I'm not a huge fan of putting music up for free, I think it devalues it. I would personally rather someone steal my music than think of its intrinsic value being nothing.

I'm not sure what you want to get out of this whole thing, but I assume you want to either make very high quality music and/or make a living out of it. I haven't had time for an in depth listen but it seems to have one or two similarities to a guy called Com Truise (terrible name I know), but he went from being just another guy on soundcloud a couple of years ago to having a very respectable (and profitable) gig list in 2013.

I would look for a manager and a label. Someone who understands your music well and will give you straight, honest advice about what to do.

The non-gigging stuff you need to just forget about. Gigging is how you make money. It will allow you to make music as your day job and give you the time to become a better musician. Also its great fun! Everybody wants to be your friend or your lover and you get to see the world in the best way possible. Its like being on holiday all the time, except all the hard work (finding the best hotels, restaurants, booking flights, airport travel etc) is done for you.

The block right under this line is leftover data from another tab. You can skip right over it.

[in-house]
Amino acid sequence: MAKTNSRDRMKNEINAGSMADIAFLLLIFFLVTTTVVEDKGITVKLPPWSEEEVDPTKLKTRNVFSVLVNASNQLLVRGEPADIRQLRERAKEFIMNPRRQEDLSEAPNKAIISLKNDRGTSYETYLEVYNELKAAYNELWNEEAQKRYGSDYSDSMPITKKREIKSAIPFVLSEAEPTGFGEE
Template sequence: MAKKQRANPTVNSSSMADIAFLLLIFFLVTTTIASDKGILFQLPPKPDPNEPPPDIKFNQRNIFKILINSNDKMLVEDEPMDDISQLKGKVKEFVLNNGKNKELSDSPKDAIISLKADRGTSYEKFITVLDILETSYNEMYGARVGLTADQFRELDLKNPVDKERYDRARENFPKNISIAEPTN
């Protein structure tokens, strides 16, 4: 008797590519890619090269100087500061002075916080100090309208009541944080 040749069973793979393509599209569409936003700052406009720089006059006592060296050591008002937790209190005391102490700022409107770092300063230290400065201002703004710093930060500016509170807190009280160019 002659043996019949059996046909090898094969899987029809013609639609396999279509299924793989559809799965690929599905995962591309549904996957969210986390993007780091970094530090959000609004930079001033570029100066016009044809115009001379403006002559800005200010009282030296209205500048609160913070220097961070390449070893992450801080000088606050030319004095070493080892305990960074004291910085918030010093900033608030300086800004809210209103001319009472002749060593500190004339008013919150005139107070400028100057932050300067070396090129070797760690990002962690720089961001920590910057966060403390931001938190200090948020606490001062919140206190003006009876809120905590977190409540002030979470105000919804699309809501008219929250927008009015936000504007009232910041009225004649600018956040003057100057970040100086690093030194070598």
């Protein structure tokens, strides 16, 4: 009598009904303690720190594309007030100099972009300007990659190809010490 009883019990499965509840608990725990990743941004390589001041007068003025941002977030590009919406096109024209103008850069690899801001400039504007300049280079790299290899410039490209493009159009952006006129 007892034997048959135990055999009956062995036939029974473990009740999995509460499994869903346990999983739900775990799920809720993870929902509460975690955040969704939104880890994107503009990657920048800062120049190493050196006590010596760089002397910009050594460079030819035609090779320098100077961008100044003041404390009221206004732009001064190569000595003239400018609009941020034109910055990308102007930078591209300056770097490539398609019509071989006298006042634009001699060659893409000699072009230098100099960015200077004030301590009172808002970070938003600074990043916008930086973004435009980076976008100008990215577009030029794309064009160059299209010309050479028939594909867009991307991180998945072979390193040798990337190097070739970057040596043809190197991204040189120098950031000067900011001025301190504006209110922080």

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Emmet
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Re: Self-promoting electronic music new [Re: The Red Bladder]
      #1034841 - 23/02/13 02:20 PM
Quote The Red Bladder:

Learn to engage with an audience. That and only that is what the music business will pay you for.




Not always, they will sometimes pay you to do the opposite

http://www.youtube.com/watch?v=2__CST49ps4


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Steve A
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Joined: 07/08/02